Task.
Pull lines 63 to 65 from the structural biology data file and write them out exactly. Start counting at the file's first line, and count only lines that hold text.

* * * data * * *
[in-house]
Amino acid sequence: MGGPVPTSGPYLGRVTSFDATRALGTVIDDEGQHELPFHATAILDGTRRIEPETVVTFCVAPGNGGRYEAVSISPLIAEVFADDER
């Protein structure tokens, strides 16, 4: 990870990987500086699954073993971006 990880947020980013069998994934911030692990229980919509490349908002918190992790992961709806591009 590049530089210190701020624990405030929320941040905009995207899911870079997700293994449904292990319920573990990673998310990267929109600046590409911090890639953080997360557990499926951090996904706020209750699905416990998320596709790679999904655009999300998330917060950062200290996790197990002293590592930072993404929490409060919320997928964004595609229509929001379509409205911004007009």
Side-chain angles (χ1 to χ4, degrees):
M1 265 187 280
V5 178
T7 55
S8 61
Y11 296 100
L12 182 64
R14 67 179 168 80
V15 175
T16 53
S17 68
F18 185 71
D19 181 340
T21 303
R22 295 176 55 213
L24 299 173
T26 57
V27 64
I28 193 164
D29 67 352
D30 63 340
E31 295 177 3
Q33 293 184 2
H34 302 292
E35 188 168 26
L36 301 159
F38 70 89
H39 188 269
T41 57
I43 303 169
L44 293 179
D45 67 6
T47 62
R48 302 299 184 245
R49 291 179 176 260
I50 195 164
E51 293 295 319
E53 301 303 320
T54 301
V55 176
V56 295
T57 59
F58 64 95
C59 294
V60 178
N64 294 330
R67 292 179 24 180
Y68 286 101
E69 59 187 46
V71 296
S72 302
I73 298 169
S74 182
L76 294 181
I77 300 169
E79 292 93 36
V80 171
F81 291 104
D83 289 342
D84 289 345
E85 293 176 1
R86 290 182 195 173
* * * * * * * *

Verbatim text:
D84 289 345
E85 293 176 1
R86 290 182 195 173